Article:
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Did you Know?

The Dachshund was developed in Germany more than 300 years ago to hunt badgers (dachs, badgers; hund, dog).
From 1930 to 1940, Dachshunds advanced from 28th to sixth rank among American registrations, and maintained this average rank through World War II by constructive public relations.
Dachshunds are accomplished hunting dogs despite their lapdog reputations
In the postwar years, to avoid associations with Germany, the Dachshund's name was temporarily translated to "badger dog."

The Dachshund was originally bred to hunt
the badger.
The badger is a bear-like animal with a stocky, 3 foot body, short tail and short but powerful legs armed with strong claws on the front feet. It also walks on the soles of its feet like a bear, but the resemblance ends there. Both bear and badger are members of the Carnivore, or flesh eaters, but they are in different families. The badger is placed in the family Mustelidae, along with the otter and weasel. A character of the mustelids is that their foot prints show five toes. In this way the foot prints of a badger can be distinguished from a dog, which shows only four toes. At a distance, the badger's coat looks gray but the individual hairs are black and white. Most animals are lighter in color on the underside of the body, but the badger has black on its belly and legs. The most striking part of the badger, however, is its head. This is white with two broad, black stripes running from behind the ears almost to the tip of the muzzle. The black eyes are placed in the stripes and so are inconspicuous.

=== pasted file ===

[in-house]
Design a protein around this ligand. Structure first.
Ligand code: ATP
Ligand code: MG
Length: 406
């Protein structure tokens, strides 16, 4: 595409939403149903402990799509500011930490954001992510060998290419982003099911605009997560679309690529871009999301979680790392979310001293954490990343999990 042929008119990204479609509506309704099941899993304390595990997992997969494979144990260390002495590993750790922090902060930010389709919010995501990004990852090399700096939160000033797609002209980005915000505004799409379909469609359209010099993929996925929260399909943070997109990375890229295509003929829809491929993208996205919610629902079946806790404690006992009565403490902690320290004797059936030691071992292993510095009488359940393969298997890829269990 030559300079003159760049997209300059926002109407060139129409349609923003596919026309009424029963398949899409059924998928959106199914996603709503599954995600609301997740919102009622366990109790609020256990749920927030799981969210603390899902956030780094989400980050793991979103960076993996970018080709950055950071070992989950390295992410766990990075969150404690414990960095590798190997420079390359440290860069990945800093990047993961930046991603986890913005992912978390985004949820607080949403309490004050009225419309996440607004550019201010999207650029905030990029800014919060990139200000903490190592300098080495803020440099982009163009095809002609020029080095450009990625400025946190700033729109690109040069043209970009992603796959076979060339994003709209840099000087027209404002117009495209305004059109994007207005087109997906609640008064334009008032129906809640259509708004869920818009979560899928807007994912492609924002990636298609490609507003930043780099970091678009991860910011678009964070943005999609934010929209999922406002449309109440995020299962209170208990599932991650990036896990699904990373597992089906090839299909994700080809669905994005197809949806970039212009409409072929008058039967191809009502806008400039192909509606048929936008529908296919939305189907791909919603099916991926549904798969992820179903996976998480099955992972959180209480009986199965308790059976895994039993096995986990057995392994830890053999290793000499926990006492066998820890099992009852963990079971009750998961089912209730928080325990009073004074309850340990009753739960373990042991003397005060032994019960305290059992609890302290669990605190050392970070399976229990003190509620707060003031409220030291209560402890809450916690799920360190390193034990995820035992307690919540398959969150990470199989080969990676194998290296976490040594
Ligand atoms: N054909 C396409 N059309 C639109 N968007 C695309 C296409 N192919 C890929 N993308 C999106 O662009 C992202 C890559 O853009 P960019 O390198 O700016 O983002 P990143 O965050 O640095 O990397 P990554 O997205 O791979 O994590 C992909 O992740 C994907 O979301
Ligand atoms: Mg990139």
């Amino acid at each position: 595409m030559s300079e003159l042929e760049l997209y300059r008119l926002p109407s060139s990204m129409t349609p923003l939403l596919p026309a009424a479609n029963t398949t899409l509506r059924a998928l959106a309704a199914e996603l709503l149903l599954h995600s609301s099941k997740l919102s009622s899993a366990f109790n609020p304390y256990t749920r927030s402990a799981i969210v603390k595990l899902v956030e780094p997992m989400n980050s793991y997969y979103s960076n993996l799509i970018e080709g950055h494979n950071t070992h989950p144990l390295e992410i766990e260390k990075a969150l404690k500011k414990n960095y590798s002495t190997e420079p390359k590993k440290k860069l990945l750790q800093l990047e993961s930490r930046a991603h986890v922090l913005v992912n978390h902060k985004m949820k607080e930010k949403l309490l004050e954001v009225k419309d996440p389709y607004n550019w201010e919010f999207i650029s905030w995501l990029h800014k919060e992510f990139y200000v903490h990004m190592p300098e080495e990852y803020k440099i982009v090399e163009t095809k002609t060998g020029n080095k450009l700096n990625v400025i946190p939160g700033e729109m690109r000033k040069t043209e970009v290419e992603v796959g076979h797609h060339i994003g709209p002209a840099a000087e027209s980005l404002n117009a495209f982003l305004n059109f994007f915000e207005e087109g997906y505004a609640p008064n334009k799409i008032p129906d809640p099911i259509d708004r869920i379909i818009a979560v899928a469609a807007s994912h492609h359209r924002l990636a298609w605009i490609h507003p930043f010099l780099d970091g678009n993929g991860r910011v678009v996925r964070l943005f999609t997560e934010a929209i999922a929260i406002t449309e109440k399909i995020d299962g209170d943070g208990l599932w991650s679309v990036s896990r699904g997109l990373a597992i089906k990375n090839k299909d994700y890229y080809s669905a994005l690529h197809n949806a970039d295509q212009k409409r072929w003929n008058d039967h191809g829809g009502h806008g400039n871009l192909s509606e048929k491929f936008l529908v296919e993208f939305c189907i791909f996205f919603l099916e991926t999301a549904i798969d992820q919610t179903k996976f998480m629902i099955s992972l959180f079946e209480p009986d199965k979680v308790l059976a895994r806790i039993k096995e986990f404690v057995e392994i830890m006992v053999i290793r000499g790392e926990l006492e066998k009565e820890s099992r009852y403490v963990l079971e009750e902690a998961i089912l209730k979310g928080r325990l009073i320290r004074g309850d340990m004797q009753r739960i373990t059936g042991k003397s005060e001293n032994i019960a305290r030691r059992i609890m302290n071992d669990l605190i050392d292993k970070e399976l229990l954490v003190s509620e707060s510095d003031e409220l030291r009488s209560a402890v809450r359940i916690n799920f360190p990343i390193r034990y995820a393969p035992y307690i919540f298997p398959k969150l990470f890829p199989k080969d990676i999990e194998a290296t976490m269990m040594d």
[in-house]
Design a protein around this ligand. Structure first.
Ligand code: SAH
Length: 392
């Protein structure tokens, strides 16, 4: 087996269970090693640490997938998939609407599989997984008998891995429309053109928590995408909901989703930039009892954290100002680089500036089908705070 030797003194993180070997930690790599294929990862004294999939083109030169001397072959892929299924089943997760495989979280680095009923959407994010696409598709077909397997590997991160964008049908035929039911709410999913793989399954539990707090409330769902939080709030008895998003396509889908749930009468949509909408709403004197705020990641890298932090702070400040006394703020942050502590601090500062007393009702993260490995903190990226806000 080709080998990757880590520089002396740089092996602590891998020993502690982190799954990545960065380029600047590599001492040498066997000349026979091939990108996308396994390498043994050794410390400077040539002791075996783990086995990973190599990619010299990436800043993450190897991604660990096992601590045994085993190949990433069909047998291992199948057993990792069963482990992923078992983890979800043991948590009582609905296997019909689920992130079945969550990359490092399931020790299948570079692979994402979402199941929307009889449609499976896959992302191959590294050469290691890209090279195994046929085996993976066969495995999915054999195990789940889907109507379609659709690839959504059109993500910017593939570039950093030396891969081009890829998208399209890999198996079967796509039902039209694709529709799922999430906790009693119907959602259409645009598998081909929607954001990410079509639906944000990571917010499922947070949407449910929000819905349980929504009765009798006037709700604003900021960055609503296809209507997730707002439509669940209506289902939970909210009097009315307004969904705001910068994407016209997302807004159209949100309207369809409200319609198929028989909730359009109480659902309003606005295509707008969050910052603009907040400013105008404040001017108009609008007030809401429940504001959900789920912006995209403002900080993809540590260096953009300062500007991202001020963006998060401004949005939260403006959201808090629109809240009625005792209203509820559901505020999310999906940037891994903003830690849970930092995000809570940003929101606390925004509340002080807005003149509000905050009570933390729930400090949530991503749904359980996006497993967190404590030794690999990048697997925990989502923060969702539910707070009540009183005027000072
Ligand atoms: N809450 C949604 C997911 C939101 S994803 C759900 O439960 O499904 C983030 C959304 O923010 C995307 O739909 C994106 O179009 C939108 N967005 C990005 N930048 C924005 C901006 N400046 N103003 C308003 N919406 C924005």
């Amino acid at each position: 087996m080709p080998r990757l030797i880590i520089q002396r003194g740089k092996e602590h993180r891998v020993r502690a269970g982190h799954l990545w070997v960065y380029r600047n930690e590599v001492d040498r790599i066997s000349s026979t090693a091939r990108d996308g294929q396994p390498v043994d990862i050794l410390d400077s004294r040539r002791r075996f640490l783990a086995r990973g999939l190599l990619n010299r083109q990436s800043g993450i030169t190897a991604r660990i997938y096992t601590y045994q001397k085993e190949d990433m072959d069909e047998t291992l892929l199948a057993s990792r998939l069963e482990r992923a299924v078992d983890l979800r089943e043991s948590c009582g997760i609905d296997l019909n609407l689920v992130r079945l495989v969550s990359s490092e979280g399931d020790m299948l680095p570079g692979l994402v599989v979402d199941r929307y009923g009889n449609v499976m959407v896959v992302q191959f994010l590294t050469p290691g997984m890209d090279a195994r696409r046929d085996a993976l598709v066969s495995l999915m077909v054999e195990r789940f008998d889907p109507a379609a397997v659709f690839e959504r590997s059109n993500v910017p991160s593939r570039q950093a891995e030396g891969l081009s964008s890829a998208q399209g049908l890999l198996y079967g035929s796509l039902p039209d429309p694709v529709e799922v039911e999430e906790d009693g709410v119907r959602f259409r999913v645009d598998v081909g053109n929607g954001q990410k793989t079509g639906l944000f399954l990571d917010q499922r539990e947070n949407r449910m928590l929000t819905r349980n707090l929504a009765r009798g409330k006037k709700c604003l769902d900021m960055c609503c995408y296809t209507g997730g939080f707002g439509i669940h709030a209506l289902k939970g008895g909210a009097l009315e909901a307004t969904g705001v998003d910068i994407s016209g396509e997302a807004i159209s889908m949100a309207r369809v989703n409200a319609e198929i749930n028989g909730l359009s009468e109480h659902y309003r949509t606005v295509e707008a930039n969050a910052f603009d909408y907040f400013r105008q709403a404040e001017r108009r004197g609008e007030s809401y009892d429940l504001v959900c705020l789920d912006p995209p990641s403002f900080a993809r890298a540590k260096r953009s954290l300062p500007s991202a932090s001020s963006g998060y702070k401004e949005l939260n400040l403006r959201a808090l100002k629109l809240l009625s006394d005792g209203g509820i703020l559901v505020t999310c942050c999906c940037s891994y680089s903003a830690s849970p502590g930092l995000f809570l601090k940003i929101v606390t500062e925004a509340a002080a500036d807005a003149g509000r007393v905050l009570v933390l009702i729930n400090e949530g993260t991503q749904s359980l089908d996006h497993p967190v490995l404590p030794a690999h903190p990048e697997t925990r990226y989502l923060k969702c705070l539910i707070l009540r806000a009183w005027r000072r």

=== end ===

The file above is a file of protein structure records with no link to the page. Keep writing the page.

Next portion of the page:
The American badger bears a resemblance to the European badger, but lacks the black and white striped head.

More Interesting History and Facts

Dachshunds were first mentioned as a badger-hunting breed in 1600. During its history, the Dachshund has been a favorite dog breed of nobles and statesmen, for example, Napoleon Bonaparte. He was known for his infatuation for Dachshunds. In some of his portraits, he is depicted with the Dachshund.
In the 18th century, Dachshunds were exported to other countries. German breeders of that time relied on their tastes and preferences more than on the difference between the working type Dachshund specimen and the decorative Dachshund specimen. However, things changed in 1870, when the first standard was accepted in Germany.
The smooth and longhaired Dachshund had been the two varieties until 1890, when the wirehaired Dachshund was officially registered as the third type of the Dachshund dog breed.
The First World War made a huge impact on the history of the Dachshund. It lost its popularity and the number of Dachshunds diminished greatly.
The standard for the Dachshund breed was set up in Germany in 1879. It is being used as an International standard nowadays. The German Dachshund Club was founded in 1888. The AKC recognized the Dachshund in 1885. The Dachshund Club of America was established in 1895. Dachshunds are used as both hunting dogs and companion dogs at present.